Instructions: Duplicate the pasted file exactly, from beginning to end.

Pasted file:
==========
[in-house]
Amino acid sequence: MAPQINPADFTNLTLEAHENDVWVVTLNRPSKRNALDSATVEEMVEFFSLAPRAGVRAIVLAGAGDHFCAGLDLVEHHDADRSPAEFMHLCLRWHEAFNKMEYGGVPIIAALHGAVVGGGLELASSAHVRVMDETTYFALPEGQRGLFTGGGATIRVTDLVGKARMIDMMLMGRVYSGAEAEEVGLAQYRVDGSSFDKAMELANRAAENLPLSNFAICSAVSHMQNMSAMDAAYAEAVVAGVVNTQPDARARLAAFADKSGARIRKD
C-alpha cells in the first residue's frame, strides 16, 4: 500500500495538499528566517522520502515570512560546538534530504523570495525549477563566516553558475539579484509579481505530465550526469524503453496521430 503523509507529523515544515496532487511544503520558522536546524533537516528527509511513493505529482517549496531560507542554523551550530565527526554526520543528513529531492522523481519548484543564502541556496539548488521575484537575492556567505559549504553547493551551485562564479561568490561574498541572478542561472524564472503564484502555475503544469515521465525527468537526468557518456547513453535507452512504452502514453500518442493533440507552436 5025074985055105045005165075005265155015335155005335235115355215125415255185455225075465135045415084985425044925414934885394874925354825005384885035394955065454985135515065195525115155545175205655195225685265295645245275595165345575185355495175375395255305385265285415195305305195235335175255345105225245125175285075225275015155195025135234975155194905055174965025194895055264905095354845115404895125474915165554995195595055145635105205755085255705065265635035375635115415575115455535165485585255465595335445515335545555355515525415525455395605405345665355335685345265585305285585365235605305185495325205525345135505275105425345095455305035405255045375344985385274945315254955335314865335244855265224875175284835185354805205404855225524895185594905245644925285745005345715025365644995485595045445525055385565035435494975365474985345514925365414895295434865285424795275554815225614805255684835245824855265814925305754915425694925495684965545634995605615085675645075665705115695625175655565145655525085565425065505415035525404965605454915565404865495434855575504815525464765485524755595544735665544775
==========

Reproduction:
[in-house]
Amino acid sequence: MAPQINPADFTNLTLEAHENDVWVVTLNRPSKRNALDSATVEEMVEFFSLAPRAGVRAIVLAGAGDHFCAGLDLVEHHDADRSPAEFMHLCLRWHEAFNKMEYGGVPIIAALHGAVVGGGLELASSAHVRVMDETTYFALPEGQRGLFTGGGATIRVTDLVGKARMIDMMLMGRVYSGAEAEEVGLAQYRVDGSSFDKAMELANRAAENLPLSNFAICSAVSHMQNMSAMDAAYAEAVVAGVVNTQPDARARLAAFADKSGARIRKD
C-alpha cells in the first residue's frame, strides 16, 4: 500500500495538499528566517522520502515570512560546538534530504523570495525549477563566516553558475539579484509579481505530465550526469524503453496521430 503523509507529523515544515496532487511544503520558522536546524533537516528527509511513493505529482517549496531560507542554523551550530565527526554526520543528513529531492522523481519548484543564502541556496539548488521575484537575492556567505559549504553547493551551485562564479561568490561574498541572478542561472524564472503564484502555475503544469515521465525527468537526468557518456547513453535507452512504452502514453500518442493533440507552436 5025074985055105045005165075005265155015335155005335235115355215125415255185455225075465135045415084985425044925414934885394874925354825005384885035394955065454985135515065195525115155545175205655195225685265295645245275595165345575185355495175375395255305385265285415195305305195235335175255345105225245125175285075225275015155195025135234975155194905055174965025194895055264905095354845115404895125474915165554995195595055145635105205755085255705065265635035375635115415575115455535165485585255465595335445515335545555355515525415525455395605405345665355335685345265585305285585365235605305185495325205525345135505275105425345095455305035405255045375344985385274945315254955335314865335244855265224875175284835185354805205404855225524895185594905245644925285745005345715025365644995485595045445525055385565035435494975365474985345514925365414895295434865285424795275554815225614805255684835245824855265814925305754915425694925495684965545634995605615085675645075665705115695625175655565145655525085565425065505415035525404965605454915565404865495434855575504815525464765485524755595544735665544775